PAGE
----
“Modern Family” is one of the few shows on TV right now that makes me genuinely laugh out loud every episode. I adore all of the characters, their weird quirks, and increasingly absurd story arcs. From the beginning, if I had to choose a favorite character it would probably be Phil. A talented real estate agent, dorky father of three, and loving husband of Claire, I always felt like Phil was a unique male character in the primetime sitcom landscape. On the surface, he seemed like a stereotypical goofy dad who is only slightly more mature than his pre-adolescent children, but as I kept watching, I realized he possessed depth, intelligence, and warmth. Was he immature on the surface? Yes, but there was more going on underneath, and because of that, he was lovable and real.
This season though, something has changed. I’ve noticed that while Phil is still hilarious, he’s lost some of the layers of complexity, and I’m afraid I might soon have to diagnose him with the dreaded Doofus Husband Syndrome… Keep reading »
There must really be a man shortage in Utah because some women have resorted to dire measures to find husbands. Take, for instance, sisters Katie and Priscilla Churcher, who are both married to Travis. All three were raised as Fundamentalist Mormons, a splinter group of the Church of Jesus Christ of Latter-Day Saints that practices polygamy. Katie was married to Travis first, but after a few years, he began to woo Priscilla, who eventually fell in love with him. Although polygamy is illegal, the three spouses share a home, with each of the wives having their own room that Travis alternates between. And there’s no sibling rivalry! The sisters say their marriage is perfect for their personal lives because it gives each of them more time with friends and they always have a babysitter. [Lemondrop] Keep reading »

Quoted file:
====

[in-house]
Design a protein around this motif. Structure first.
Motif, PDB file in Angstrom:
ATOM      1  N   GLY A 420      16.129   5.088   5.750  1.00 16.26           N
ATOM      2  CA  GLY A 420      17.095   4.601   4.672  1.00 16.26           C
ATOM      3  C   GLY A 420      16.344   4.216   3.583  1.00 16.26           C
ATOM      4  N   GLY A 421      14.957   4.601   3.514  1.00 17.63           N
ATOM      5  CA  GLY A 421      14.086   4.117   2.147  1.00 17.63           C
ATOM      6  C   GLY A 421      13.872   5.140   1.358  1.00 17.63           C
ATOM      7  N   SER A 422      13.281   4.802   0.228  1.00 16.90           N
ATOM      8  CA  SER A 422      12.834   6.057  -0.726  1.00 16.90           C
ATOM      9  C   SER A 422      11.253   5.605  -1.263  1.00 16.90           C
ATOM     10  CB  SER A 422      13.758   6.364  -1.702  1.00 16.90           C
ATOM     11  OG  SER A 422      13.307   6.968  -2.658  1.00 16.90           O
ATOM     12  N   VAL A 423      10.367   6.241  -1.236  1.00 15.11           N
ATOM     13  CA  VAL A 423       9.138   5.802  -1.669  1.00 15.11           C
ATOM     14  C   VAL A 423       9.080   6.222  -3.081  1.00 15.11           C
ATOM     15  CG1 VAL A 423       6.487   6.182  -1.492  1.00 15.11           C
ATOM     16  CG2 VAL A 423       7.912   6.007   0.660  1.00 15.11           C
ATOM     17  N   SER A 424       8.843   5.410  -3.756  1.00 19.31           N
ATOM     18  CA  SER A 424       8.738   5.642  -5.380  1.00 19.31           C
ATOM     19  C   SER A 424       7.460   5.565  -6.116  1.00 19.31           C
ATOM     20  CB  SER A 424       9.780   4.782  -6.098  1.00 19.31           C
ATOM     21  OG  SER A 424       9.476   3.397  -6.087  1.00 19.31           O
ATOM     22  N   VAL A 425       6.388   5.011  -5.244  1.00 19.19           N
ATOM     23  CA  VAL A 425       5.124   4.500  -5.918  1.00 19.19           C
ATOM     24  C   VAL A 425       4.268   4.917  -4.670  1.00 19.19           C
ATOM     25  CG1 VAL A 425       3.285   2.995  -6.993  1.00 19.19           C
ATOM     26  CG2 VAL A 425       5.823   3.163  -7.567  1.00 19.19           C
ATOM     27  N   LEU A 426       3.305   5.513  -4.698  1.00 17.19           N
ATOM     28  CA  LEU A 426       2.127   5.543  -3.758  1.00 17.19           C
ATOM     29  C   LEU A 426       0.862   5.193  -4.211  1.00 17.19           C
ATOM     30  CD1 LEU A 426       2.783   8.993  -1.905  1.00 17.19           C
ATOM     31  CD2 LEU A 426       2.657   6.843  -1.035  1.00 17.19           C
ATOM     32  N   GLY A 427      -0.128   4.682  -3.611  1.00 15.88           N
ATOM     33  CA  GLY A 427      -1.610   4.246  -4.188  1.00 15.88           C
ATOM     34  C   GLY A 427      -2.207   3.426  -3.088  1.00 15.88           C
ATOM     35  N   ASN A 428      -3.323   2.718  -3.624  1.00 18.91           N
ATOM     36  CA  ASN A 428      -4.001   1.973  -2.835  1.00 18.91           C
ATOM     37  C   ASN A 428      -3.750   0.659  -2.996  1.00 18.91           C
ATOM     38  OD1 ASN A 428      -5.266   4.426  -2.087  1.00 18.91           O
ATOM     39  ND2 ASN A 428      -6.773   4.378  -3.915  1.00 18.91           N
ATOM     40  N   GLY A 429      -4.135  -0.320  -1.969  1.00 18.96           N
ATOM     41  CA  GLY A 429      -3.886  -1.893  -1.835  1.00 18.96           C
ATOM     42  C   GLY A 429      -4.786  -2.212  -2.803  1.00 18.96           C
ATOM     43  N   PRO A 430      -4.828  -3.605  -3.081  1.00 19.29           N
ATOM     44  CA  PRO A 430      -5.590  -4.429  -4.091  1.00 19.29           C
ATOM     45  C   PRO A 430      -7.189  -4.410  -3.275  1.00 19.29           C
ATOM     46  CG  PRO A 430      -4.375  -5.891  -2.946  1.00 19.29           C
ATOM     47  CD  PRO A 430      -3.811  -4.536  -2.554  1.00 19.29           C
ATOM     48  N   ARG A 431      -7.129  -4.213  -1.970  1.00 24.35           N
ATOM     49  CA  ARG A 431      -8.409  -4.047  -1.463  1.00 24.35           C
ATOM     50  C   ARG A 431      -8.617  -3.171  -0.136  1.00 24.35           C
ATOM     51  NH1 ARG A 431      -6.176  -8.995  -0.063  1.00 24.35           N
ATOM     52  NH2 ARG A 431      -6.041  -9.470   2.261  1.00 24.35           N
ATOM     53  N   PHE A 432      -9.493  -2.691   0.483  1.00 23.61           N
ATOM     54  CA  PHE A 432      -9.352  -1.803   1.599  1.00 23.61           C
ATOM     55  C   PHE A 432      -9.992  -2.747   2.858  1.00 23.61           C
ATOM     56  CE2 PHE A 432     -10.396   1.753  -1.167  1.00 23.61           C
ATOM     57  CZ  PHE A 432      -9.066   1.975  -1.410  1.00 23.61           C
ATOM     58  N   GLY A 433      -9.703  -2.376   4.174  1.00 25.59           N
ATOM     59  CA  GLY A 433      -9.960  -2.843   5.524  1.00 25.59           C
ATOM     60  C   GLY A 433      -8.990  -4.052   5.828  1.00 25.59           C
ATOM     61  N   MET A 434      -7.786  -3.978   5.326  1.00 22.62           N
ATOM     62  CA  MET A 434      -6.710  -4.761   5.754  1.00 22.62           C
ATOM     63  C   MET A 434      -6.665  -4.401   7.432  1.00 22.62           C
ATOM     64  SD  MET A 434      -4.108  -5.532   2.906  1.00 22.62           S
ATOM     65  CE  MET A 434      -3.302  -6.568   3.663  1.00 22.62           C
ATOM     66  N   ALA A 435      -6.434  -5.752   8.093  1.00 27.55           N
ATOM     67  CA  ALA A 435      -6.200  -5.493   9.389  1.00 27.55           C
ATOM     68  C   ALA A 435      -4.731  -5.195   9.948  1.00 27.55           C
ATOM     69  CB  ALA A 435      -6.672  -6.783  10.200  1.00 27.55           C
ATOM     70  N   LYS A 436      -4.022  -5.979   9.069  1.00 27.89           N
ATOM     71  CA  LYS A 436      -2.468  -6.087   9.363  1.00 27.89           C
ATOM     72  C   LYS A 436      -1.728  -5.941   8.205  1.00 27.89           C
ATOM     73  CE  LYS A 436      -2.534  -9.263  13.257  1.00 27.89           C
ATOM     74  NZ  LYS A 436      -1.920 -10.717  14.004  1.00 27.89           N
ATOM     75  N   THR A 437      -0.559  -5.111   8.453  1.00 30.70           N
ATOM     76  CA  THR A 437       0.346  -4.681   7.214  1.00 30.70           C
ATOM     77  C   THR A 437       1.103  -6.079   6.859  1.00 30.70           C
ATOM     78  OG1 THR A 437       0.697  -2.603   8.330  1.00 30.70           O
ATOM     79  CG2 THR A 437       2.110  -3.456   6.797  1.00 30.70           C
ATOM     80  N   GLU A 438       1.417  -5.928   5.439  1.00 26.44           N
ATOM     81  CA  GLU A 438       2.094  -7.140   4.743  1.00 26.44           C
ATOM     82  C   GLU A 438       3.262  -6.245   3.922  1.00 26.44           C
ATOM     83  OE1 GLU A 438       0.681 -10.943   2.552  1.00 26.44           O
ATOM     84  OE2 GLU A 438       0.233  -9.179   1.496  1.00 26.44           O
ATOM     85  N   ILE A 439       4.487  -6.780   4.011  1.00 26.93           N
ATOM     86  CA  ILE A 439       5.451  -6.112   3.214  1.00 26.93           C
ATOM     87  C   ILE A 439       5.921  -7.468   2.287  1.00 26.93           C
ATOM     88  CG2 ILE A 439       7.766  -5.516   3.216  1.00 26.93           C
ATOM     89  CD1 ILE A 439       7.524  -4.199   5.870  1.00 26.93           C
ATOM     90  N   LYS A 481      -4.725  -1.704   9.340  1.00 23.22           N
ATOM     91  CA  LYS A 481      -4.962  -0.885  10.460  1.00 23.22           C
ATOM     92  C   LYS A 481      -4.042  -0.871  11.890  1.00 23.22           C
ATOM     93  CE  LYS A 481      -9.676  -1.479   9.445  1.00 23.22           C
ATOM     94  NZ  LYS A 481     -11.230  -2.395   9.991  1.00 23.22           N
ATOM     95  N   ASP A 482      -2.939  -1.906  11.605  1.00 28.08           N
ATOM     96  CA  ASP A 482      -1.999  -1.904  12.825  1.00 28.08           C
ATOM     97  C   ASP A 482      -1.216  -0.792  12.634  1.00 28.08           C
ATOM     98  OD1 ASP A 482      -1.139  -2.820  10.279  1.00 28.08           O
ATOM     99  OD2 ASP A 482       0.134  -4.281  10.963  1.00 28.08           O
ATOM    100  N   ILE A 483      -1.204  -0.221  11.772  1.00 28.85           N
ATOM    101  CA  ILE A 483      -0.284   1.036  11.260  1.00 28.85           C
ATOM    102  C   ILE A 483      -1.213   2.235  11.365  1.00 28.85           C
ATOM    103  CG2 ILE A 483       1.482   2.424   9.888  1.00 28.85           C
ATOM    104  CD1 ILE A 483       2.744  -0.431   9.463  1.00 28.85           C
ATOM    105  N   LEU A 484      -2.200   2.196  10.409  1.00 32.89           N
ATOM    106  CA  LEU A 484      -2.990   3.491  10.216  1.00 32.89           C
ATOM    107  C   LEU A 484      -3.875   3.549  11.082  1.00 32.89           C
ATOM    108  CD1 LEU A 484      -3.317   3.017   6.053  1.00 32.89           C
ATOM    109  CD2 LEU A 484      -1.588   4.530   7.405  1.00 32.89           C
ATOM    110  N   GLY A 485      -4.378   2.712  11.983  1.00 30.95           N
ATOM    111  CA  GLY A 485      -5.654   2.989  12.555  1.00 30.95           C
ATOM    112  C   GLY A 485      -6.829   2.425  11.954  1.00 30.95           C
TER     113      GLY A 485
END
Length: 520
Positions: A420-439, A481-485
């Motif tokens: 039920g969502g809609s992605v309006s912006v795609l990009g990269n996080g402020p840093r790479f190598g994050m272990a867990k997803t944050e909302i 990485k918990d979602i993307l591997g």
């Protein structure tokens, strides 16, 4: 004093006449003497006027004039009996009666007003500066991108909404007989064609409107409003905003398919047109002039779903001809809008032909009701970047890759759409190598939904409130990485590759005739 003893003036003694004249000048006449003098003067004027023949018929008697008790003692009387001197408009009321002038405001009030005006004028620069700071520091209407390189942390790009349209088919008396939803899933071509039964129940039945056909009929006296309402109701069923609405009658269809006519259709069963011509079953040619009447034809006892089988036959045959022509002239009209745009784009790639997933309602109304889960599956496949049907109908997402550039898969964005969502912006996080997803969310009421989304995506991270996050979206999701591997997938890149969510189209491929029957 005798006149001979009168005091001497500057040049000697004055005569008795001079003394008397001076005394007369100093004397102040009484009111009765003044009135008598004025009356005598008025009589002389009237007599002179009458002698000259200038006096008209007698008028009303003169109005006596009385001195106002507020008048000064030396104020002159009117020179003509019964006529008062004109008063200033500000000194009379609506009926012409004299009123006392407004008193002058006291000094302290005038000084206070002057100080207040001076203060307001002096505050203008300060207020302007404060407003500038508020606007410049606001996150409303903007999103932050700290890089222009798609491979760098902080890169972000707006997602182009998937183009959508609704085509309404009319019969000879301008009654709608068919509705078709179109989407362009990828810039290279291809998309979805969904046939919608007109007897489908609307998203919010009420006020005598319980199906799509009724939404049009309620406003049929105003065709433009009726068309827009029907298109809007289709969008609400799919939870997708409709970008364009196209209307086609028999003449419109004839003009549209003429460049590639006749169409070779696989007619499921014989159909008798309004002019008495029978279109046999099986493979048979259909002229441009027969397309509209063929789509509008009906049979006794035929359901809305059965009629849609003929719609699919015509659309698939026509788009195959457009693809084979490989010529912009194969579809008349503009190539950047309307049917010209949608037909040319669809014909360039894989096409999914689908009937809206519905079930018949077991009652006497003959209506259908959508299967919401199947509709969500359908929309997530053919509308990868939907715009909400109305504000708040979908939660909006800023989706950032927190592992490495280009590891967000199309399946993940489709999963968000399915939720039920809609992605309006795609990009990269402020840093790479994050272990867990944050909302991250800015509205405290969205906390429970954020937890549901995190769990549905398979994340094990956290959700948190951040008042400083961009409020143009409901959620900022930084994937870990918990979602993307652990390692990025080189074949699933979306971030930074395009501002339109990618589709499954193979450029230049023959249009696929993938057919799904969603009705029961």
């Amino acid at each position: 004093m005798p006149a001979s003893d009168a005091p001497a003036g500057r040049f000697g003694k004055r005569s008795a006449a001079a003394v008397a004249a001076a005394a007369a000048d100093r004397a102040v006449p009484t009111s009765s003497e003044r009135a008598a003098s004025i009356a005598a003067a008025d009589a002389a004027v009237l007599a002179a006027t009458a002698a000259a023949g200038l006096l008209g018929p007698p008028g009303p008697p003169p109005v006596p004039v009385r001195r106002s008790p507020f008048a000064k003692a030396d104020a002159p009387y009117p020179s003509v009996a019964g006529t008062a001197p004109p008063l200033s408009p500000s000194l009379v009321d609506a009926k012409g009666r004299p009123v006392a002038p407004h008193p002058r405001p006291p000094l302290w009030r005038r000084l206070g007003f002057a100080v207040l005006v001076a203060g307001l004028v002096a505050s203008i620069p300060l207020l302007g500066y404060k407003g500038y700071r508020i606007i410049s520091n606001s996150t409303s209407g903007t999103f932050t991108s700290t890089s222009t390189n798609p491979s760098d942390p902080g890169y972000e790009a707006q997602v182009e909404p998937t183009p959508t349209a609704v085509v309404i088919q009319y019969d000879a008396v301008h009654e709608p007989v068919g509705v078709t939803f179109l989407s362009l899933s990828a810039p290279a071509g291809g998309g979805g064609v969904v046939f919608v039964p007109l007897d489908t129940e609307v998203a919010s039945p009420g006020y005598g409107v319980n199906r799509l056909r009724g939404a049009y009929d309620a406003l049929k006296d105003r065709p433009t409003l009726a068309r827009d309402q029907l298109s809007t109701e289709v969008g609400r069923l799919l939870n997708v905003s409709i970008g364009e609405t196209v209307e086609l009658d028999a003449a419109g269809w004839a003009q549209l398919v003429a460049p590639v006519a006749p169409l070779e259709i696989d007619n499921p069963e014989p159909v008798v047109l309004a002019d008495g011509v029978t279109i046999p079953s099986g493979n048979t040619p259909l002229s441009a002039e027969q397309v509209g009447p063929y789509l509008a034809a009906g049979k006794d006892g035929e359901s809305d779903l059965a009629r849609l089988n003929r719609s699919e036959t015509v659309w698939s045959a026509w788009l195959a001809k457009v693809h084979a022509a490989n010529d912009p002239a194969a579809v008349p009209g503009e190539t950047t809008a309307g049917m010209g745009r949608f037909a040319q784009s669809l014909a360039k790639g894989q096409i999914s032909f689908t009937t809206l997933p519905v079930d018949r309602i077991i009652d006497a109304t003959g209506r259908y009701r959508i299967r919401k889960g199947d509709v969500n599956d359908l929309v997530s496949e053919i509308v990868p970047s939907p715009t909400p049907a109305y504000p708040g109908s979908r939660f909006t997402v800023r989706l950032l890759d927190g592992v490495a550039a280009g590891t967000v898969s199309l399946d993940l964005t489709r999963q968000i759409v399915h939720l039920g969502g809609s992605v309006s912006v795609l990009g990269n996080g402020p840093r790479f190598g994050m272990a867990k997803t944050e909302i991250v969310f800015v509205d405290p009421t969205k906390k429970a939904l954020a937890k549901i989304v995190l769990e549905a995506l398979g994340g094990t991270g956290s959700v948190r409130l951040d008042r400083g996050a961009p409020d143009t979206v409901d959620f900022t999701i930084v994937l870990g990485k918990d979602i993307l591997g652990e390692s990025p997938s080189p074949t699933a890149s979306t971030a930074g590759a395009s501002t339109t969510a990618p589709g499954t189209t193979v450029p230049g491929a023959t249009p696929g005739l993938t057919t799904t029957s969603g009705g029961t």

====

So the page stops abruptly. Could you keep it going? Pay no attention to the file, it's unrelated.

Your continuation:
Perhaps you’ve seen this little test for husbands making the rounds on the web? It was written in 1933 as a companion to a test for women about being good wives, with a list of merits and demerits for appropriate and inappropriate husband behavior. It was a bit antiquated to give the fellas in 2009, so we updated it…. Keep reading »
When your three-year-old climbs onto your lap and asks, “Do you love me the best, Mama?,” what do you say? “Well, yes, but not as much as I love your Daddy?” I don’t think so. Keep reading »
I have been to many social outings lately, from the Sundance Film Festival to parties in Vegas, and I keep hearing women talking about wanting to meet their husbands. Really? Are you sure? Why not write a book or take up guitar lessons or go dance by yourself? Keep reading »
In the 1930s, Dr. George W. Crane, who ran a counseling practice and started his own matchmaking service, designed a test to give couples feedback on their marriages. Either the husband or the wife took the test, which rates the wife in various areas. Crane attempted to make the test scientific, but he did admit to using a personal bias and weighted the items he thought were more important in marriage. For example, a wife’s use of slang or profanity results in a five-point deduction from her score, and wearing red nail polish is a minus one. Amelia’s score was -3 and mine was -6. What can I say? I don’t dress for breakfast, and I’m lazy about sewing on buttons. Keep reading to calculate your score. [Monitor On Psychology] Keep reading »
Earlier, we discussed how the device that helps those suffering from sleep apnea is cumbersome and unattractive. However, a new study published in the Journal of Clinical Sleep Medicine found that men were more likely to wear the CPAP machine if their wives slept with them, rather than in a separate bed. Unfortunately, women don’t sleep as well when their gas-mask-wearing husband cuddles in bed with them. [Reuters Health] Keep reading »